Friday, 20 March 2015

Ro's chilli sauce aka Nat Crack

This chilli sauce is dedicated to our wonderful, chilli aficionado friend Natalie. It was created especially for her.

The scotch bonnet chillies add a wonderfully fruity flavour but are thin fleshed so the cherry bombs add body and juiciness to the final sauce. If you can't find these varieties you could substitute other chillies with a scoville of 350,000.

6-8 jars with 8 fl oz capacity (we used kilner jars)
2 pounds of scotch bonnet chillies in equal quantities of red, orange and yellow colours
2 pounds of cherry bomb chillies - these are red, round and plump, with a scoville of 350,000
5 large shallots
2 heads of garlic
a cup of white wine vinegar
Salt to taste
Sugar to taste (if you find your chillies aren't naturally sweet enough)

Place your washed glass jars in a large pot and cover with cold water, making sure there are no air bubbles in any of the jars. Place the pot over a medium to high heat and bring to the boil. While the jars are sterilising blitze all the ingredients in a food processor - how much is up to you. We like our sauce to have a fine grained texture but you could keep going to make it smoother.

When the water in the pot comes to the boil turn the heat off. Carefully lift out a jar using tongs, pour off any hot water and place on a heat resistant surface. Immediately fill the jar with chilli paste using using a jam funnel or small jug and then seal. Continue with the remaining jars but leave the last jar open.

Check the level of the water in the pot and pour off enough water so that your open jar won't be flooded when you put it in. Return all the jars to the pot standing upright. Bring the pot to a simmer over a medium to low flame and warm the jars until their internal temperature reaches 72ºC (161ºF). If you have a food thermometer with a temperature alarm you can just leave the probe in the open jar until the alarm sounds, otherwise test your open jar periodically.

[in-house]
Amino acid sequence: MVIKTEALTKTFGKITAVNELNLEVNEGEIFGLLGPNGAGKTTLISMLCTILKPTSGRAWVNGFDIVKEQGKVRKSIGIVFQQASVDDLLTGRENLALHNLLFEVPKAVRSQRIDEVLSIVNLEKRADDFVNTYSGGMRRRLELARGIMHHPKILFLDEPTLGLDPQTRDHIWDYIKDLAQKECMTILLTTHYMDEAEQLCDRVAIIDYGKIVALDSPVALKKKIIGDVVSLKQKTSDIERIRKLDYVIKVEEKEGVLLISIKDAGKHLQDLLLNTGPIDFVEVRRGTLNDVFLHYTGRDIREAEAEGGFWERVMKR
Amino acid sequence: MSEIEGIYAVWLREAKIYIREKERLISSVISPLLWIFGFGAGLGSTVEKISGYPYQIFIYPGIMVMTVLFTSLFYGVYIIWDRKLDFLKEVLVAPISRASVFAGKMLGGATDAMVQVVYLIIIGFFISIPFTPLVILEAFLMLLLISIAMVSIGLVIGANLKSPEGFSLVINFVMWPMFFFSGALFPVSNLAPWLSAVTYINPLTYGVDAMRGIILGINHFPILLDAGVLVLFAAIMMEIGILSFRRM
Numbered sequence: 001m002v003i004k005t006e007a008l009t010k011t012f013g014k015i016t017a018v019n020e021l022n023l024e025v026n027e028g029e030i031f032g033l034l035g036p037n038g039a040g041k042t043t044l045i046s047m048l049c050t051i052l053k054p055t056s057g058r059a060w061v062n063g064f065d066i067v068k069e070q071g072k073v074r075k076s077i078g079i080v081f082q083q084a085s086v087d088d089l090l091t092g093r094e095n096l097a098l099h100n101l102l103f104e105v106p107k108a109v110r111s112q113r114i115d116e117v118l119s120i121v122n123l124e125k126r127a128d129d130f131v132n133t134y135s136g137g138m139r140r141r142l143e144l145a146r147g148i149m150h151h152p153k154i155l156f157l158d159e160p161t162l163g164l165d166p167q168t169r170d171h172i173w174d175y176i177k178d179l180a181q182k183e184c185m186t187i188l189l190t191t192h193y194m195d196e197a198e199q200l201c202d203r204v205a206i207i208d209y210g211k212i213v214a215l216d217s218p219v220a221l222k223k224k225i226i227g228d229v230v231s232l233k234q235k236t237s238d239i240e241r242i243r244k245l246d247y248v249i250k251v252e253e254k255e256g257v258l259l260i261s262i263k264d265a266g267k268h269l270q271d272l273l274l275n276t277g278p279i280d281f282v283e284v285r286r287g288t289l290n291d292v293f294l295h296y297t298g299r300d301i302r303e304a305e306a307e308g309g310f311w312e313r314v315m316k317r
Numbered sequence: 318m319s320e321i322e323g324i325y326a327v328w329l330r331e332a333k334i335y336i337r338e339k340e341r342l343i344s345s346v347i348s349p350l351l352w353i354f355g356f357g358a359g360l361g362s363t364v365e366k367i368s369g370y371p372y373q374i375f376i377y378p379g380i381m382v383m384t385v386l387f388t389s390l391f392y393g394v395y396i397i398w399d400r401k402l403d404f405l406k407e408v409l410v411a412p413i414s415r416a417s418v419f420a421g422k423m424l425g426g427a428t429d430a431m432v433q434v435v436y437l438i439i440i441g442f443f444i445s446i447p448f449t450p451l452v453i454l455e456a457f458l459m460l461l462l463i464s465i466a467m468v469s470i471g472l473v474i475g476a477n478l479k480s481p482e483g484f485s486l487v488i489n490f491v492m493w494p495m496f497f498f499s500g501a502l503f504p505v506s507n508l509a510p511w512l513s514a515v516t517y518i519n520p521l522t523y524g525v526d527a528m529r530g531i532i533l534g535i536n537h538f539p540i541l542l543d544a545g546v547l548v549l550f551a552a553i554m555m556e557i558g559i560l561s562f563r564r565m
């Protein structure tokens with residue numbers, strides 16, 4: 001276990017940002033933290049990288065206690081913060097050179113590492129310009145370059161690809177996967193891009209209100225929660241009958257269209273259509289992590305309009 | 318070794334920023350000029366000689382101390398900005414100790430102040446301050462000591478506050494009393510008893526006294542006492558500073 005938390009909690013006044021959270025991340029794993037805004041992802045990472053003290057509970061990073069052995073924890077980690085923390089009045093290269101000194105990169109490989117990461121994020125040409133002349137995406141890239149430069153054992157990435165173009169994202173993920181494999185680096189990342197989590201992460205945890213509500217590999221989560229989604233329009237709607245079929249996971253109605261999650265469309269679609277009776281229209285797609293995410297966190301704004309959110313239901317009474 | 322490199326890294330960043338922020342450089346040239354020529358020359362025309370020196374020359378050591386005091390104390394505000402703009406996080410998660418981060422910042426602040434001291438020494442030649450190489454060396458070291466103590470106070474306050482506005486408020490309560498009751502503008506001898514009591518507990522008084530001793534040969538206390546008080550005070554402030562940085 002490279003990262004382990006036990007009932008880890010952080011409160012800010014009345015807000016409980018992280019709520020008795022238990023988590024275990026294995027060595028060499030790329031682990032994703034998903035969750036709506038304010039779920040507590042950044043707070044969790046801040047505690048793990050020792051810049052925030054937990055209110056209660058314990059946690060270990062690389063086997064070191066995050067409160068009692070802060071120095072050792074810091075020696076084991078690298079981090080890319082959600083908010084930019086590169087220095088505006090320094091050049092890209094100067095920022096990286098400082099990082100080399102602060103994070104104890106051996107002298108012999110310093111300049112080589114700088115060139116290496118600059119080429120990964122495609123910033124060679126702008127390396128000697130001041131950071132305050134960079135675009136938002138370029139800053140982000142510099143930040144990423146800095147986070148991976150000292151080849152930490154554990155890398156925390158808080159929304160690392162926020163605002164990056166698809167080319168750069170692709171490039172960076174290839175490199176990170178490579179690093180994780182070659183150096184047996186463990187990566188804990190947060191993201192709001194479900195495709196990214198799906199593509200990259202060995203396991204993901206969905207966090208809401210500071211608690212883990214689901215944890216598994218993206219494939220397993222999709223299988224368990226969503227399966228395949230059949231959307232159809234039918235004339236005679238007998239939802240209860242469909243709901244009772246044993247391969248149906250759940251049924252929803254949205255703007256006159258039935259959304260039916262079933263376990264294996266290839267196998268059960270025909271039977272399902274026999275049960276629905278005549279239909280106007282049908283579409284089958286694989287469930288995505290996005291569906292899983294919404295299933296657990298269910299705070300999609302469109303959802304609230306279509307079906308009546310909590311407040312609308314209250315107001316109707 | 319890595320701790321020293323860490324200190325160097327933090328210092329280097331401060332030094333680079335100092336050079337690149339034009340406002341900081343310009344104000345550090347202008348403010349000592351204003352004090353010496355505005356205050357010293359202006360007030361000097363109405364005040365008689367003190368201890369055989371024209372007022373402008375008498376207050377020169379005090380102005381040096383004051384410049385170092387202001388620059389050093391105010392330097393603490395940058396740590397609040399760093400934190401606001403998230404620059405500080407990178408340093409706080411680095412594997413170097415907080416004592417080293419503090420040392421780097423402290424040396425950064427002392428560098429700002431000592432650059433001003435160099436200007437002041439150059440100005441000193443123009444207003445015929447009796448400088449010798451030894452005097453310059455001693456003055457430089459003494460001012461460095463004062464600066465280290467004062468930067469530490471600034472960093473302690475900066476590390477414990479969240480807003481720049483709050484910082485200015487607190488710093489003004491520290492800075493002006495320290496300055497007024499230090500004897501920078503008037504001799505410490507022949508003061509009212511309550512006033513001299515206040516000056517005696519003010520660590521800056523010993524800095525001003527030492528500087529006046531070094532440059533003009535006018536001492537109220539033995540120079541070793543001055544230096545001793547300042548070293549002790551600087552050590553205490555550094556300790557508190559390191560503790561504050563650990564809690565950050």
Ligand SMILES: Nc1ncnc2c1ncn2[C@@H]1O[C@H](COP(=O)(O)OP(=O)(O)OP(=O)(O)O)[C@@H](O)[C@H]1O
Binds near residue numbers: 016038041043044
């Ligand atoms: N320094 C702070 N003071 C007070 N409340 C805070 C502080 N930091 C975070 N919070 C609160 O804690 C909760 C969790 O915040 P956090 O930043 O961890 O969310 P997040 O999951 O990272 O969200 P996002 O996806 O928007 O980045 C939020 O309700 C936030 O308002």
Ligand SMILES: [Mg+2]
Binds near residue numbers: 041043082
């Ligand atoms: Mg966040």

Remove the jars with tongs, seal the open one and allow all of them to cool. You can use the sauce right away but leaving them for a month or two will improve the flavour even more. Keep them stored somewhere dark and cool.

Friday, 6 March 2015

Baby leaf salad with tuna dressing and anchovy crumbs

This is a salad for fish lovers, full of flavour from the meaty tuna, briny fish and piquant capers. The saltiness of the anchovies is tempered by a rich, creamy dressing and the breadcrumbs add nutty, garlicky crunch.


140g mesclun or other young salad leaves
3 spring onions or a small shallot
a tablespoon of salted capers
80g best quality tinned tuna in olive oil e.g. Callipo
a clove of garlic juice from half a lemon
3 tablespoons crème fraîche
a table spoon extra virgin olive oil
4 anchovy fillets
2 teaspoons olive oil (use the oil from the anchovy tin if you have it)
2 heaped tablespoons of breadcrumbs or Japanese panko crumbs 
1/8 teaspoon cayenne pepper

Wash and spin dry the salad leaves and put them in a large bowl. Finely slice the onions or shallot, rinse and dry the capers and add both to the leaves.

Put the tuna with its oil into a small bowl, crush the garlic and use a fork to mash it into the tuna to make a smooth paste. Mix in the lemon juice, crème fraîche and olive oil and stir to combine.

Place a small pan over a low heat and add the anchovy fillets in their oil. As they heat up they will start to disintegrate into the oil. Add the breadcrumbs and the cayenne pepper and stir with a fork to coat the breadcrumbs in the anchovy oil mixture. Cook until the crumbs are browned and crisp then remove from the heat.

Toss the leaves in the tuna dressing, sprinkle over the breadcrumbs and serve immediately. Possibly with a cold glass of Chablis.